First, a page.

Wonders of Wildlife

Bass Pro's billionaire founder is creating an American mecca for wildlife conservation.

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    Springfield, Missouri -- This story begins in a liquor store. That's where, in 1971, Johnny Morris first launched his Bass Pro Shops fishing and hunting empire, selling lures, bait and tackle amid the bottles of Jim Beam and Jack Daniel's in one of his father's Brown Derby booze shops. It's also where the Wonders of Wildlife National Museum and Aquarium begins, a monument to American conservation that opened up six months ago in the heart of the Ozark Mountains, calling itself "the world's largest wildlife museum."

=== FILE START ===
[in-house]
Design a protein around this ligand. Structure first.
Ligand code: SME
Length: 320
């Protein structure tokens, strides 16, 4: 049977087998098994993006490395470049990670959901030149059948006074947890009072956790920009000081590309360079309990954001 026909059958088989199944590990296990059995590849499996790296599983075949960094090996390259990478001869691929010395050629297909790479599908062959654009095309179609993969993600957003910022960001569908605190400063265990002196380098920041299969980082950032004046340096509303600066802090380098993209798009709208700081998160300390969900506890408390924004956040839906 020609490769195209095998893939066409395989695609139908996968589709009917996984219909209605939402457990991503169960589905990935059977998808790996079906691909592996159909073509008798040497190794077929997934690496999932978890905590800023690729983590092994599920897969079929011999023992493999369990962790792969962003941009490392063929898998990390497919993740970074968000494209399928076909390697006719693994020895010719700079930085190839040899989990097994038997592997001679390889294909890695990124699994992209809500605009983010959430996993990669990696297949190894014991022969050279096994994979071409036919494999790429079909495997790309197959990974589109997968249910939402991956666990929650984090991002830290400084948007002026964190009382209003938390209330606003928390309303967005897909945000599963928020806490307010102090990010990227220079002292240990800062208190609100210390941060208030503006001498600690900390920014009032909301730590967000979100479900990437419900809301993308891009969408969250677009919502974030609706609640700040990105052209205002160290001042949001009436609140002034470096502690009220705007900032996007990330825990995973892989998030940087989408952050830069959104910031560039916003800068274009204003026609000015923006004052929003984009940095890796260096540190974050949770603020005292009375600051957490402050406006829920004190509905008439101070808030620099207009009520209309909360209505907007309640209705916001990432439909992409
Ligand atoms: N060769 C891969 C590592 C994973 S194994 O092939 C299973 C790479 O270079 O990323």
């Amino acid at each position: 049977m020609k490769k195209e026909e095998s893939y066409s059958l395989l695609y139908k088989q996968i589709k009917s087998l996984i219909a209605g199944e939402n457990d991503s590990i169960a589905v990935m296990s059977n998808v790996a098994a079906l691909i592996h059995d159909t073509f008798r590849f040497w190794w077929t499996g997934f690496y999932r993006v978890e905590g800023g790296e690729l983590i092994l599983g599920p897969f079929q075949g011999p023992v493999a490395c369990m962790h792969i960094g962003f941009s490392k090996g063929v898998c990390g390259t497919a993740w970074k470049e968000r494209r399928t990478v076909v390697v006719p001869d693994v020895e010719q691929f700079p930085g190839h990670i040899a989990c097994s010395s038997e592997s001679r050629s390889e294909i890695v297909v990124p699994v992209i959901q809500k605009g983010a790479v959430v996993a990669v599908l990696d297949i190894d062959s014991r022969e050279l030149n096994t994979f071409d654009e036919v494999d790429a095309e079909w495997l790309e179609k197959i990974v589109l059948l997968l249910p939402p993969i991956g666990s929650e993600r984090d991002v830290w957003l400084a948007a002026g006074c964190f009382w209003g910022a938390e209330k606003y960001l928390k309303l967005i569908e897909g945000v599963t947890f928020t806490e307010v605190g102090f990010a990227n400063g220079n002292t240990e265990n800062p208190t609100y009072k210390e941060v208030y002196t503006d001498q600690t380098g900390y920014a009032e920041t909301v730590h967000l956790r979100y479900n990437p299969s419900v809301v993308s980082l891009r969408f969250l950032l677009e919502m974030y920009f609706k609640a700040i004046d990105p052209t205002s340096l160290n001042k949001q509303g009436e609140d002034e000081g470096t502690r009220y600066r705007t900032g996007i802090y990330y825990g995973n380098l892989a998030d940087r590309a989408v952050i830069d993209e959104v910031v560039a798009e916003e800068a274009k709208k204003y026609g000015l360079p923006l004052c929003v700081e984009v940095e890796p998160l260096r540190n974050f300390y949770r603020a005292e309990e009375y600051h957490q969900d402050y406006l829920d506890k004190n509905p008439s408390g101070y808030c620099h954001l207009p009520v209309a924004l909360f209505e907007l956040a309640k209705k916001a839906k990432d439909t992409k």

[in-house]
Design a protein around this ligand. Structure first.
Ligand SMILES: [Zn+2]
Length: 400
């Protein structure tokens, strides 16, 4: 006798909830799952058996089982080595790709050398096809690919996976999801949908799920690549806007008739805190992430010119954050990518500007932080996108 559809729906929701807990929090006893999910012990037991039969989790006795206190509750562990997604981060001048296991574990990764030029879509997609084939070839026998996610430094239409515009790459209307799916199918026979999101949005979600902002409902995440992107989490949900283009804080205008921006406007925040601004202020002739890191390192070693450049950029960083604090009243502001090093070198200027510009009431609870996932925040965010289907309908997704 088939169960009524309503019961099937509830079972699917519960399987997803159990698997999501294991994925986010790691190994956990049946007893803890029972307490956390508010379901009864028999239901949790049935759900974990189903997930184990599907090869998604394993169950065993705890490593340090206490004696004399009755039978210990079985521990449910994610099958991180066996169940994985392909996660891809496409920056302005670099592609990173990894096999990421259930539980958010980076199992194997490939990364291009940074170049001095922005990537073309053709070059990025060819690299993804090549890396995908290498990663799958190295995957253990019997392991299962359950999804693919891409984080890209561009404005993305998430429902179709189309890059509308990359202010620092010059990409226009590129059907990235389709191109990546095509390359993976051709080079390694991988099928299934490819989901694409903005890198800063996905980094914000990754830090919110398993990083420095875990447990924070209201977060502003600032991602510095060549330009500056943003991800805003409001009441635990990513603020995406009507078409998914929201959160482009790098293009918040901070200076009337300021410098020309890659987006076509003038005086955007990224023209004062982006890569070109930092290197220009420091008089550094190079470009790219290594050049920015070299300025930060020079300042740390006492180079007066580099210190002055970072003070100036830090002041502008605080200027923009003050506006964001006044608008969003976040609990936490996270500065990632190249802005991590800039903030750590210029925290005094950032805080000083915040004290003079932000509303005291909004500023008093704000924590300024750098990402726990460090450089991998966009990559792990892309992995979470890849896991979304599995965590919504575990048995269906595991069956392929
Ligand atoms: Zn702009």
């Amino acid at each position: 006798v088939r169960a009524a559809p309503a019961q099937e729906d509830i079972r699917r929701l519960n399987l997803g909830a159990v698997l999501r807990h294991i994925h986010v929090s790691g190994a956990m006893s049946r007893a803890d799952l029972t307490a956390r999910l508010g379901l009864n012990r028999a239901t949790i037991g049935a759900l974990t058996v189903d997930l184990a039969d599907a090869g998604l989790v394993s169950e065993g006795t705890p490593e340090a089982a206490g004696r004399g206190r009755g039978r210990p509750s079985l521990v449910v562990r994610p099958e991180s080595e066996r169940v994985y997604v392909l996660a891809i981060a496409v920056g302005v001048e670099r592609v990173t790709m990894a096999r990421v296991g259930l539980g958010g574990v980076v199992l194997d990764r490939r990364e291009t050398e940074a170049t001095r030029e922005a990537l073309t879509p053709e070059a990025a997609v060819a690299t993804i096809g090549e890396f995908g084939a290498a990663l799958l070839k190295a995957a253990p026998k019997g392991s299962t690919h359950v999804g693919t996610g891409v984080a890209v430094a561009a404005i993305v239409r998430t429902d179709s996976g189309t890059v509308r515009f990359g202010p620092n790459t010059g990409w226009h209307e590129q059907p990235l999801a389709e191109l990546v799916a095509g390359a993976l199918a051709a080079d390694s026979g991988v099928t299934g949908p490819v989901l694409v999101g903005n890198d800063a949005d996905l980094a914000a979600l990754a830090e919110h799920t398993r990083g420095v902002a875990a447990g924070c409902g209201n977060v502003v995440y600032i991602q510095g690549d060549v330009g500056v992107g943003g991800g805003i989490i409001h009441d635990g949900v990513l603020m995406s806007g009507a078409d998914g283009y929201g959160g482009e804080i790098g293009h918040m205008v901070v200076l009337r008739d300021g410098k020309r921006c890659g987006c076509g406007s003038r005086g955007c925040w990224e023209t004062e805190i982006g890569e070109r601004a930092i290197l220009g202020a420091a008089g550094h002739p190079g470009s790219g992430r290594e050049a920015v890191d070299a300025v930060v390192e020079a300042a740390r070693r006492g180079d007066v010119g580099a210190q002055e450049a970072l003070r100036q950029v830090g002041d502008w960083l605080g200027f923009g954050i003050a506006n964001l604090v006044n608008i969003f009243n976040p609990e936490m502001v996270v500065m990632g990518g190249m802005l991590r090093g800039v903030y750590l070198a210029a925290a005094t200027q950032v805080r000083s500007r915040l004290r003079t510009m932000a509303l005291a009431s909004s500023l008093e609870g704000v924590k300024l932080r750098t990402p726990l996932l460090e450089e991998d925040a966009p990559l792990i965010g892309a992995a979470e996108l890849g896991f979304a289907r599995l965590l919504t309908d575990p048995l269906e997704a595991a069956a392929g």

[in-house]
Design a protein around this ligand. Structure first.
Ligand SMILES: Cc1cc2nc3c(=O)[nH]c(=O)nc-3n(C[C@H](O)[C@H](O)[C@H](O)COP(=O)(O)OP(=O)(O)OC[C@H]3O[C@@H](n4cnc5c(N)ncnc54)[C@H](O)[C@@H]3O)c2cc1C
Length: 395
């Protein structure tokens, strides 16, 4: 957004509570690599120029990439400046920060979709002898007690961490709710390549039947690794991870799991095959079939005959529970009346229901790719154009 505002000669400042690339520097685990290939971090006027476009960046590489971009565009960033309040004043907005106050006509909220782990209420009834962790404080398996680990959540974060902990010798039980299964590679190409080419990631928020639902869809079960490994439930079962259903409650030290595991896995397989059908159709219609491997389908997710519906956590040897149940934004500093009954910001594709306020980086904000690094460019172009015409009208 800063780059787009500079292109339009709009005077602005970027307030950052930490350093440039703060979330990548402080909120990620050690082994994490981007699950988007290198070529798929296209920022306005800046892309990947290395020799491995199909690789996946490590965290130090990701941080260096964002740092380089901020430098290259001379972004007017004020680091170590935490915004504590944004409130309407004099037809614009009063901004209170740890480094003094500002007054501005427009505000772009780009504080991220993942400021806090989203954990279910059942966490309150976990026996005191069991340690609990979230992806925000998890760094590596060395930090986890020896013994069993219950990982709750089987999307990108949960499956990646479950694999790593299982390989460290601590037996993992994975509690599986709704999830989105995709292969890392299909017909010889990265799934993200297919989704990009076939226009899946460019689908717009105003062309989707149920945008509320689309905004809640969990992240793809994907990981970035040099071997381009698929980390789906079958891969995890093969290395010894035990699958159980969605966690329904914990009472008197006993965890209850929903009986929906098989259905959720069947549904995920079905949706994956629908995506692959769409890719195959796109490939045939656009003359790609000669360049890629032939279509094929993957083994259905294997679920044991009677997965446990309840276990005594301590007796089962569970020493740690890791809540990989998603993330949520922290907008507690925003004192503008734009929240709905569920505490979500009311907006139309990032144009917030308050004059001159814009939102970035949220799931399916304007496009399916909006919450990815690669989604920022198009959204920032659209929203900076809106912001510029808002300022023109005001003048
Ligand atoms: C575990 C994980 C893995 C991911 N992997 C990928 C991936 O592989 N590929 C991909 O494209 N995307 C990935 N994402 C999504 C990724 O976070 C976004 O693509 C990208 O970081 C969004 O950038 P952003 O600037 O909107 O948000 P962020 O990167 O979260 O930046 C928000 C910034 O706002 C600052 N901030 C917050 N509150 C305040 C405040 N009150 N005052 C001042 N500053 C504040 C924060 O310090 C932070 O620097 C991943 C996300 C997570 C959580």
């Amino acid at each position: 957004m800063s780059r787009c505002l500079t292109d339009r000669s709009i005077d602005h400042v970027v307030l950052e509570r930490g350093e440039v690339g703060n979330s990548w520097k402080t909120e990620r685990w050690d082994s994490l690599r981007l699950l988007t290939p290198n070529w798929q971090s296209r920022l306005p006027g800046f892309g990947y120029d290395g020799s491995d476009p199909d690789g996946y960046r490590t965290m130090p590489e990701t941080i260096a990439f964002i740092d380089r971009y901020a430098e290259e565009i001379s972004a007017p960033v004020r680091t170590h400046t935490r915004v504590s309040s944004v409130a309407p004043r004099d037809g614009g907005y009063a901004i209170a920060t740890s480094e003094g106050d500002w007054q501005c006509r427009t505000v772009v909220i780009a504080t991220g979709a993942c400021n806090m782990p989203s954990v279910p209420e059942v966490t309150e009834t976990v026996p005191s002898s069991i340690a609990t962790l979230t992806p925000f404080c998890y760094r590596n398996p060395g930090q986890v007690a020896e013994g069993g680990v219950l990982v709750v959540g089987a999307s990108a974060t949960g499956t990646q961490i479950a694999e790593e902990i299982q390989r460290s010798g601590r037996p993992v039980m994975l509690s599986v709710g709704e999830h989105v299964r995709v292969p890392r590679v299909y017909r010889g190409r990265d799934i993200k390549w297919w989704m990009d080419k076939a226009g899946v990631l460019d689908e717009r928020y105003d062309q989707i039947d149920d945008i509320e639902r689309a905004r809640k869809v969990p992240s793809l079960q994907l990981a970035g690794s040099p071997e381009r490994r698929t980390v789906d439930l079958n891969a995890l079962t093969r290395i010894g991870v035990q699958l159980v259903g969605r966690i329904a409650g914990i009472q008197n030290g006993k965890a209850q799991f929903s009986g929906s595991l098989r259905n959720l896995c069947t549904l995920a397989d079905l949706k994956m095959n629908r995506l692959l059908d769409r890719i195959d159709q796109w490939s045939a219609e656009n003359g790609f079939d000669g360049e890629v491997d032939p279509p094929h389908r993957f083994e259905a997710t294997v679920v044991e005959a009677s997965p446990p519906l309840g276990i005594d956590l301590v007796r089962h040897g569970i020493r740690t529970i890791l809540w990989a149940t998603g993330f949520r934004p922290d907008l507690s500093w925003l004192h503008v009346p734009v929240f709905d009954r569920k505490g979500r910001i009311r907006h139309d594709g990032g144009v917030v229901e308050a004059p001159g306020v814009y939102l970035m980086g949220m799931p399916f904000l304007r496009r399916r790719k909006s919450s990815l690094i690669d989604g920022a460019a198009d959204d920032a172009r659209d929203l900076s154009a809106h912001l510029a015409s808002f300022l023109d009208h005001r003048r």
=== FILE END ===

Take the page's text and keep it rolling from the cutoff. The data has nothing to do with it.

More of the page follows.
For those unfamiliar, Johnny Morris is one of the United States' most renowned outdoorsmen. Today, he owns and operates 95 big-box Bass Pro Shops across the country, which sell the widest array of hunting, fishing, camping and outdoors-related merchandise you can get outside the internet. To many Americans, the stores are the down-home embodiment of all of their hopes, dreams and recreational hobbies. Bass Pro is where you can still buy any gun over the counter; ogle state-of-the art, hundred-thousand-dollar fishing boats as inspiration for your American dream; and take your kids to pet and pose with literal mountains of taxidermy while telling them stories of the biggest buck, bear or big-game trophy you ever killed. More than 120 million people pass through Bass Pro shops every year, and according to Forbes, Morris and his empire are worth an estimated $4.4 billion today.